Visit NHEN's page on State Homeschool Laws and Regulations You will find a short summary of each state's regulations, links to fuller information about the regulations, as well as links to state-wide organizations that can give you more information about how the regulations work in practice. It's also important to check with local support groups to find out how experienced homeschoolers have dealt with the regulations. NHEN's list of support groups

It depends on the kind of home schooling you want Homeschooling computer programs You can do a search on - line for that subject - computer homeschooling, distance learning, etc. - and then contact the individual places, or for more information before you do that, go to their Web Sites. You can also look on individual states' government Web Sites, in the areas that pertain to education, as many states have a Virtual High School that students can access that cover that particular state's required cirriculum. - it's easy to find info on this subject.

Home schooling is still regulated by the Department of Education in your state. Contact them probably found in your local phone book or call a public school administration office and they will be able to direct you. I hear its a wonderful experience.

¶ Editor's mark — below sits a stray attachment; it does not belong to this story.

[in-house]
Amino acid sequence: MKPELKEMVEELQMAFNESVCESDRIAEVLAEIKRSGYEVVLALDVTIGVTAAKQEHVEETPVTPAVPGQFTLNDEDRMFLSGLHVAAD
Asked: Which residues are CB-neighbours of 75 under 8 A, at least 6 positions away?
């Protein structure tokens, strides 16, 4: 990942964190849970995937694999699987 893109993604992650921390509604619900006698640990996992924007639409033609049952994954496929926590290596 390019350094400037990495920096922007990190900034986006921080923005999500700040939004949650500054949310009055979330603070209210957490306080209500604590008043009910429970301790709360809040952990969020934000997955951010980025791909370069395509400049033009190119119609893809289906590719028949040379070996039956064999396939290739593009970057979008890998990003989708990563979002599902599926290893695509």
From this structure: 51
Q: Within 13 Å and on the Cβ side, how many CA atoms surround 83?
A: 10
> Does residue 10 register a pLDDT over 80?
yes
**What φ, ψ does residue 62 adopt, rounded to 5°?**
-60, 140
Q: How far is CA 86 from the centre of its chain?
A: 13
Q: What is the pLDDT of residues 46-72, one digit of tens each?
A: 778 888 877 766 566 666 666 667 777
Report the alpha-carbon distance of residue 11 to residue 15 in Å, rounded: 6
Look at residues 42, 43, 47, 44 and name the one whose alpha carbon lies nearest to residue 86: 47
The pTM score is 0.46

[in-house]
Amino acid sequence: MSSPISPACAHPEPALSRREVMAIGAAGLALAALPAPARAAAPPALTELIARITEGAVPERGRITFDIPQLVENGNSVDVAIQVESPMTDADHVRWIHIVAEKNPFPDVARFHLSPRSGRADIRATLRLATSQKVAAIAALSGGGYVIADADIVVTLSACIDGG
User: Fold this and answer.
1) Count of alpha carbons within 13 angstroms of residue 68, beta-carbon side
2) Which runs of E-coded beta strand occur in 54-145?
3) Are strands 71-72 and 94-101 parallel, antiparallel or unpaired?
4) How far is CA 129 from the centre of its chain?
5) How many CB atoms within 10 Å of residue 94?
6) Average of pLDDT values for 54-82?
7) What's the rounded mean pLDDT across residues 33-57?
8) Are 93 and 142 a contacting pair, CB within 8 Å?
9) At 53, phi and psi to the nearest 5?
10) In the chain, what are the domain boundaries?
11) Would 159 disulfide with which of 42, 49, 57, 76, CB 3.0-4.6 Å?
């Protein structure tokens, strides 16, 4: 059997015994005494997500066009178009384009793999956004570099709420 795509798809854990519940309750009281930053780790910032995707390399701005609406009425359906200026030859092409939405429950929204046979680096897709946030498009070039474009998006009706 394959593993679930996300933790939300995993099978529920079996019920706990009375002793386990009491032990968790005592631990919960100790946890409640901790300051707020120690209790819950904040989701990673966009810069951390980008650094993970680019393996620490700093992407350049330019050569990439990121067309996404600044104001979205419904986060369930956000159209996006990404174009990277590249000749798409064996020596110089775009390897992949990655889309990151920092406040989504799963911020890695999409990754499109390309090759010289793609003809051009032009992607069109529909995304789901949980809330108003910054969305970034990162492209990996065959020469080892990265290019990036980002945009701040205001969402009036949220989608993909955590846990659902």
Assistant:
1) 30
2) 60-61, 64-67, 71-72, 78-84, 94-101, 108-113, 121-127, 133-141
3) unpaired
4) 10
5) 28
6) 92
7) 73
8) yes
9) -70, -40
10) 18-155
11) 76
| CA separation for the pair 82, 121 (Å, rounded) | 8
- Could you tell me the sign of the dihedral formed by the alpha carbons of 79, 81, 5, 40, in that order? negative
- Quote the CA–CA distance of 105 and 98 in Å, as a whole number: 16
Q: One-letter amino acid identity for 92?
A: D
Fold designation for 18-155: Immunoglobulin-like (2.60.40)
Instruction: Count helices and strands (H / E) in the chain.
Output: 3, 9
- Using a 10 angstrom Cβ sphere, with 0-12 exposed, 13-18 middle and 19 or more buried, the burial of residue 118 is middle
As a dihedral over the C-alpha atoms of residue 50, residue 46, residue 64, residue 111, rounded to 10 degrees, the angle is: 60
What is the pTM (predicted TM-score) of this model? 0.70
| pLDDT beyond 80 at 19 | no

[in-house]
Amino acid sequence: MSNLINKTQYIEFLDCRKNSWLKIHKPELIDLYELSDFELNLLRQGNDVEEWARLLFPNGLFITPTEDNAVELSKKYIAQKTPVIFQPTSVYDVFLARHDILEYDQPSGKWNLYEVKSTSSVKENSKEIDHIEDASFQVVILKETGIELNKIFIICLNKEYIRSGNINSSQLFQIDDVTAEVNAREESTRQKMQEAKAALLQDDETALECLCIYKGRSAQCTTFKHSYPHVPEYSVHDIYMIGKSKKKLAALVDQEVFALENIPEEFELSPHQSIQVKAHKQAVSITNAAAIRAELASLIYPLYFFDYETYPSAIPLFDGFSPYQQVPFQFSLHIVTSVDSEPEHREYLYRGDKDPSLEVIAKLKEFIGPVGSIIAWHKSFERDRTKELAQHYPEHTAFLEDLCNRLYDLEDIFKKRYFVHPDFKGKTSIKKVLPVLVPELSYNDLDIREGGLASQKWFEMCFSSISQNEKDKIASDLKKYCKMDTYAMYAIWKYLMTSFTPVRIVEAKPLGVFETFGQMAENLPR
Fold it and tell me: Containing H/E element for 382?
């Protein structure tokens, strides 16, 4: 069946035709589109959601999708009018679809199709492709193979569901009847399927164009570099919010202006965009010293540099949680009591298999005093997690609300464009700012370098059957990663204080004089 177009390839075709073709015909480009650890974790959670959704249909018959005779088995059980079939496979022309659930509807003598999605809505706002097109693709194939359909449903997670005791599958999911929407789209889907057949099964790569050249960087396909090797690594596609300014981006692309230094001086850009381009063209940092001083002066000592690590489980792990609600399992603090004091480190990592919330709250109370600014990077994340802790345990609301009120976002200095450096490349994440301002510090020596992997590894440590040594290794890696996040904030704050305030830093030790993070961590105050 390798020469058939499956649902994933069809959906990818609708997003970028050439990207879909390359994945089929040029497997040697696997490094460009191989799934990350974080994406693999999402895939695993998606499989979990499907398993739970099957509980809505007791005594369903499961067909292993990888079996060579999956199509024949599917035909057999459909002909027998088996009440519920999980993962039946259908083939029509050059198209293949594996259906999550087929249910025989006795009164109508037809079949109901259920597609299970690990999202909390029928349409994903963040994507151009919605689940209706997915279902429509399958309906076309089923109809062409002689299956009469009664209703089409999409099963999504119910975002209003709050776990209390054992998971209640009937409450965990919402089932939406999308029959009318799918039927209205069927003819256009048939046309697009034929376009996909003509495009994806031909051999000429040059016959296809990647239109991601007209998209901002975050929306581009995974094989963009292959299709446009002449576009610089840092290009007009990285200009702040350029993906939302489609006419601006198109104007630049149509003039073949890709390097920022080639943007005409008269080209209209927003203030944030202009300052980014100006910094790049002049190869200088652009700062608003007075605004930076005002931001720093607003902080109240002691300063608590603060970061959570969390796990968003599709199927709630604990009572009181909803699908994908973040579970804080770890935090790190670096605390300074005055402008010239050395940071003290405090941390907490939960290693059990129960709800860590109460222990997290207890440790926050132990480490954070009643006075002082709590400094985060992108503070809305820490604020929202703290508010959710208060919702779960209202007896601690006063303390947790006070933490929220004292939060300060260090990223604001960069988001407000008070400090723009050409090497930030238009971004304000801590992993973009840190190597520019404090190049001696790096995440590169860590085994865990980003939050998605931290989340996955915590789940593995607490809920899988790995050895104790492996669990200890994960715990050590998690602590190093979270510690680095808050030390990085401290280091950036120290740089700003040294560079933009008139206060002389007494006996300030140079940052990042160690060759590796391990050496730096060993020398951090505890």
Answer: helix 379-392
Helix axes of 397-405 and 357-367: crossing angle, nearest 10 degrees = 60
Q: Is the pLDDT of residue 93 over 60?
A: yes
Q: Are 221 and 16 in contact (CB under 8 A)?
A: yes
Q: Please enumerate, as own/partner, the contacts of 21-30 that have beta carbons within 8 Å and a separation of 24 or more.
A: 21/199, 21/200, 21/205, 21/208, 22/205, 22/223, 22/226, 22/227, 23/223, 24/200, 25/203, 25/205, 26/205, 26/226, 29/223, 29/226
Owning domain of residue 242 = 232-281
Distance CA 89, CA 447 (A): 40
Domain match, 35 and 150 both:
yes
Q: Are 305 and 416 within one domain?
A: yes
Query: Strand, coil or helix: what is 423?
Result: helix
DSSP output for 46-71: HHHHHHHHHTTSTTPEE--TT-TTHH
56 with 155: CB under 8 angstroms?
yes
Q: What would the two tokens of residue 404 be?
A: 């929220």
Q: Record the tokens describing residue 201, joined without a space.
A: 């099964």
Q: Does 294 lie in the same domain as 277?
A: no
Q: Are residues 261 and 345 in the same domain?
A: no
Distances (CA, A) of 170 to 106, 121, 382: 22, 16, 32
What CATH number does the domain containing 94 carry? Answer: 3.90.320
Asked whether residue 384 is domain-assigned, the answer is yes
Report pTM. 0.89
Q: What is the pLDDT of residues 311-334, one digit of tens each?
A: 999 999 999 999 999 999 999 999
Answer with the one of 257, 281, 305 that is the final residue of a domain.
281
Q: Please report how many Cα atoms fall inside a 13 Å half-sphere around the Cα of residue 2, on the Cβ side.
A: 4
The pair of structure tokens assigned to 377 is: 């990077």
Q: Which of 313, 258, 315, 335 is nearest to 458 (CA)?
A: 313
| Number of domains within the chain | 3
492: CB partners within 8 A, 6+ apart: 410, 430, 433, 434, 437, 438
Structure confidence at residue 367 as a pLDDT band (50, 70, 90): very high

Tominesha, in Nevada a parent fills out an exemption letter (no cost), then submits a lesson plan with a signature from a consultant, a person who has been homeschooling for a minimum of three years (no cost, a local support group can help you find one, don't pay for it!). For our kids it costs about $100-150 per year, but it decreases because the next kid uses the book, we just purchase a new test booklet if we needed it. Some packaged curriculums (like A Beka) cost about $400 per year per student, and a full video series can cost up to $900 per year per student. Use the library, buy used books, go to curriculum fairs, this will help the cost low.

In Alaska, you can just do it. There are no requirements. Every state is different, of course, and most are a good deal worse than Alaska.

As for cost, you can spend as much or as little as you like. I'd suggest that you borrow the books ``The Well Trained Mind'' and ``Teaching the Trivium'' from the library. They will give you some ideas about how to educate your children (and how not to) in a very low-cost manner.

If you're willing to spend a lot of time at the library and to scrounge pencils and scratch paper, you could probably do it free. On my personal web page, I have some instructions for making phonics flash cards, which might help you save a few bucks. Don't forget to search the garage sales, too!

Another answer's suggestion of a few hundred per student per year is probably realistic, if you have it to spend. As the children get older, the younger ones may be able to use hand-me-down books, but the older ones will need more materials and more expensive materials, so the expenditure may not fall off much after the first year.